IN Japan, public officials, whether elected or appointed, will immediately resign once they are involved in a scandal, especially if it involves graft and corruption. Some even commit “hara kiri” (suicide) because of the shame.
Committing suicide is an honorable act for the Japanese. It is part of their culture, their high code of conduct, moral and ethical standard. But here in the Philippines, we have a different culture. I’m not suggesting they commit “hara kiri.” But the culture of some in government is more of “kapalan ng mukha.”
Some officials accused of being involved in scandal and graft and corruption cling to their position. If they are elected, these officials will always claim that they have the mandate of the people so “why should they resign?” If they are appointed, they will wait for the appointing authority to fire them or tell them to resign. They even challenge the accuser to file charges in court and wait for the court to decide, before resigning.
If we were in Japan or if we were Japanese, I think Land Transportation Office (LTO) 7 Director Victor Caindec would have already tendered his resignation. But since we are Filipinos in the Philippines, he is clinging to his position. Where is his delicadeza?
Presidential spokesman Harry Roque accused Caindec of extorting money from motorcycle distributors. Roque said the alleged extortion activities of Caindec were in connection with the processing of certificate of registration of vehicles. “I have affidavits to prove that Caindec has been extorting money from motorcycles distributors and this is a matter of public documents already. Nang hindi po pumayag na mas mataas yong kikil na ibibigay sa kanya, saka po siya nagkaroon ng kung anu-anong hadlang,” Roque told Palace reporters.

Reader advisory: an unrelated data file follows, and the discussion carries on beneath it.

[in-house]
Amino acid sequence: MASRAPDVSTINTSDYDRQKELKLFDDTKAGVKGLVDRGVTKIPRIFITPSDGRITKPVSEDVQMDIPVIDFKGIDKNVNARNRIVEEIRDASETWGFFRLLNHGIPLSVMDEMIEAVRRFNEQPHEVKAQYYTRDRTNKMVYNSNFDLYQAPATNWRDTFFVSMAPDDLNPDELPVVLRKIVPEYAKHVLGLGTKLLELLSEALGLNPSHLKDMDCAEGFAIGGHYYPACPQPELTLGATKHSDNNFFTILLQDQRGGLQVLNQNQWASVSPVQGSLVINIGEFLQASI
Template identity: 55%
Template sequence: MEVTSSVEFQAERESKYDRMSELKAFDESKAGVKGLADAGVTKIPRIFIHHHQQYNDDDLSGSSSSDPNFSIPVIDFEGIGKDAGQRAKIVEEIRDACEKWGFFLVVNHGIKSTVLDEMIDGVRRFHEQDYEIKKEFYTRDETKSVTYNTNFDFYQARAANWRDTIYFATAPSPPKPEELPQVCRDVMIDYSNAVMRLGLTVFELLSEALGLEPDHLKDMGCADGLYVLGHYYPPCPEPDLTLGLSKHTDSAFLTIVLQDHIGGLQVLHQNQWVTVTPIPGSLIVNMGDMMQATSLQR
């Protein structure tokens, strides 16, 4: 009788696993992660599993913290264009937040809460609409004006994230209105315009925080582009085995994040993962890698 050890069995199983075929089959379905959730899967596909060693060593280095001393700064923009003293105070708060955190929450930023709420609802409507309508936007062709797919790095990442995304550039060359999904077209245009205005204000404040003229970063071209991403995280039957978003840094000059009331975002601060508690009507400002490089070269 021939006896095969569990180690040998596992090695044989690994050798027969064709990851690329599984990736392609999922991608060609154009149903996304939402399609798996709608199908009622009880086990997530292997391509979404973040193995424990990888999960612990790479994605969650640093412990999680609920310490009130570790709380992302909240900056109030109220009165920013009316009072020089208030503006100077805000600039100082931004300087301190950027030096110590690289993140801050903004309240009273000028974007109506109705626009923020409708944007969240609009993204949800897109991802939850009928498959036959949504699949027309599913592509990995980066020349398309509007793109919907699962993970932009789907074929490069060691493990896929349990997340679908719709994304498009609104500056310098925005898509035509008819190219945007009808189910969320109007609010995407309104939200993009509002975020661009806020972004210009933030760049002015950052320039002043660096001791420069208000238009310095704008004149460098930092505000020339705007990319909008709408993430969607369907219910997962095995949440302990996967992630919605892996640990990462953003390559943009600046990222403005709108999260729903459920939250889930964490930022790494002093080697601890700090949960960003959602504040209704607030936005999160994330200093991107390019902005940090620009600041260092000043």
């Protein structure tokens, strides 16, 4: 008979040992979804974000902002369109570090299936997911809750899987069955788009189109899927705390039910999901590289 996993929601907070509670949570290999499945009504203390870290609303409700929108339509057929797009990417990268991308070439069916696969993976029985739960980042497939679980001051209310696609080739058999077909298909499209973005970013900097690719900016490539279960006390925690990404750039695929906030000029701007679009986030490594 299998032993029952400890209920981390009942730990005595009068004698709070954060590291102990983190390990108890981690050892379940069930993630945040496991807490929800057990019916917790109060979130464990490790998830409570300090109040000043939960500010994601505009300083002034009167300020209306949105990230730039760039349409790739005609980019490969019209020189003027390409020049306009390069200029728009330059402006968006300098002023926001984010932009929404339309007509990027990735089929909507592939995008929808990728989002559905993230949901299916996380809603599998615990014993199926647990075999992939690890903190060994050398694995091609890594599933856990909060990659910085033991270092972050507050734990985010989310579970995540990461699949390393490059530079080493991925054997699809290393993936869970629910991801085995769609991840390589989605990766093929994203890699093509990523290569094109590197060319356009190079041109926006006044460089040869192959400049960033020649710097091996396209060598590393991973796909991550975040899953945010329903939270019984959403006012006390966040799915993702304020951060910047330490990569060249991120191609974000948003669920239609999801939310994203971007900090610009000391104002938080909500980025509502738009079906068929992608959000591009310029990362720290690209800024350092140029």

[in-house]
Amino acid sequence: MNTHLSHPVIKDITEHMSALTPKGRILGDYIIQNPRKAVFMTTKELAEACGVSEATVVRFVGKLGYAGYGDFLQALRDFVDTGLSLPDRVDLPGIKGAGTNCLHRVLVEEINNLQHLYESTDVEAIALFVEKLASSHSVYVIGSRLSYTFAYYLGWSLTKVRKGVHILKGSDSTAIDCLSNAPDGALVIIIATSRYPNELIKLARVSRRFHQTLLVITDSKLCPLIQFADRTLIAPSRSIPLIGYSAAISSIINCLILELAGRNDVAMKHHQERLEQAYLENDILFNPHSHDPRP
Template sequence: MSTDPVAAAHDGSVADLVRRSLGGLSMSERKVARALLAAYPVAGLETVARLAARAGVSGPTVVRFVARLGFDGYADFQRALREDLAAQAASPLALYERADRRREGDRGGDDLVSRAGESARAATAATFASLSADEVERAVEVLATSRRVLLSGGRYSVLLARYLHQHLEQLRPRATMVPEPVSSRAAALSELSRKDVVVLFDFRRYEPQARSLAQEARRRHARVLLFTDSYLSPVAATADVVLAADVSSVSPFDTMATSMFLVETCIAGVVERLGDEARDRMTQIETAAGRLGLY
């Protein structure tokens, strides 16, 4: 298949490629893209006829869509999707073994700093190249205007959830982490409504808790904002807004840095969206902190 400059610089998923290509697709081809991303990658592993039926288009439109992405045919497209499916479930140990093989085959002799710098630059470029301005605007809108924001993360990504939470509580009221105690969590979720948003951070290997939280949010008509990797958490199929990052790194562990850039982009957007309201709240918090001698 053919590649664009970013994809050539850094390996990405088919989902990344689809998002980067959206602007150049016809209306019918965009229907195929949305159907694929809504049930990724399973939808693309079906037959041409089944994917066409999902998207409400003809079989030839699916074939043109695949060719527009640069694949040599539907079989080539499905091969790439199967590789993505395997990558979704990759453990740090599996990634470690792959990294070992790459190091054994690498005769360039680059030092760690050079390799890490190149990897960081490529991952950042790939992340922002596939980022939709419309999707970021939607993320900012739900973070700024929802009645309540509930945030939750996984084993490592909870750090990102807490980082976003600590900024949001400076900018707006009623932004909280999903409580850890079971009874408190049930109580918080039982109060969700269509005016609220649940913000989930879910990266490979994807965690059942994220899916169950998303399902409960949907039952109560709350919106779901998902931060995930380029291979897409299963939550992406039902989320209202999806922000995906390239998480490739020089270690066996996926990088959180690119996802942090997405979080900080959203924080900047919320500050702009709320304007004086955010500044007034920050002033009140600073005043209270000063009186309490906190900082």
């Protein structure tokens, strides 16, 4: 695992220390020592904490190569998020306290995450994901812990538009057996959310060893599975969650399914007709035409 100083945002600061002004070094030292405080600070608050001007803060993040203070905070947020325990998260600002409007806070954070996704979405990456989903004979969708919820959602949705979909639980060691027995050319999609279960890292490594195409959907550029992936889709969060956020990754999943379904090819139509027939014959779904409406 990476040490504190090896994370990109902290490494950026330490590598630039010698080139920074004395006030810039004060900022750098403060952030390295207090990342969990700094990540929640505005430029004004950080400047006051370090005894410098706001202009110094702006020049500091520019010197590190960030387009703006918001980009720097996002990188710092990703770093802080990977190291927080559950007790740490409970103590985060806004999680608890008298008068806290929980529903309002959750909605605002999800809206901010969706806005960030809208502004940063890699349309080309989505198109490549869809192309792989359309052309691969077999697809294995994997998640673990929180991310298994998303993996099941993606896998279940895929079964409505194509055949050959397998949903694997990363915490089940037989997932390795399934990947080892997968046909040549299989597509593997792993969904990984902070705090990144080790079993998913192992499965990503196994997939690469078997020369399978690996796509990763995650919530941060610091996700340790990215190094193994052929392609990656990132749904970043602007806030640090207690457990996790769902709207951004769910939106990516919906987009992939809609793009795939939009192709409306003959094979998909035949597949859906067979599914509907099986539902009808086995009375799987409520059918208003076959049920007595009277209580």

Roque said he already raised the matter to LTO Chief Edgar Galvante, which prompted the agency to allow vehicle owners to process the registration outside of Cebu. “Zero corruption ang Presidente and huwag kang magkamali na gawin iyong mga ginawa ng ibang mga opisyal na hindi daw ako nagsasalita sa ngalan ng Presidente pagdating sa kurapsiyon. Tingnan po natin, I will bring the matter up now to the top leadership,” Roque said.
But Caindec dismissed the allegation of corruption as a smear campaign. He said: “So, ang akong pangutana, we are the only LTO region investigating a dealership. Well, at least in my opinion, I refused a bribe offer, which led to this extensive investigation. So, kung kami ray ga-investigate, kami ra diay ang corrupt?”
It is public knowledge that LTO is one of the graft-ridden agencies. Despite Caindec projecting himself as incorruptible, the office is still the subject of corruption allegations. Caindec should expose those who attempted to bribe him.
If we recall, I took the cudgels for someone who refused to file a complaint after raising allegations to media against Caindec. I asked the Ombudsman to conduct a lifestyle check on Caindec. I also sent the same letter-request to Department of Transportation Secretary Arthur Tugade, Presidential Anti-Corruption Commission (PACC) Commissioner Greco Belgica and President Duterte himself which the Presidential Management Staff (PMS) acknowledged having received a copy. I am still waiting for the result. But, in view of Roque’s allegation, if Caindec has delizadeza, he should resign.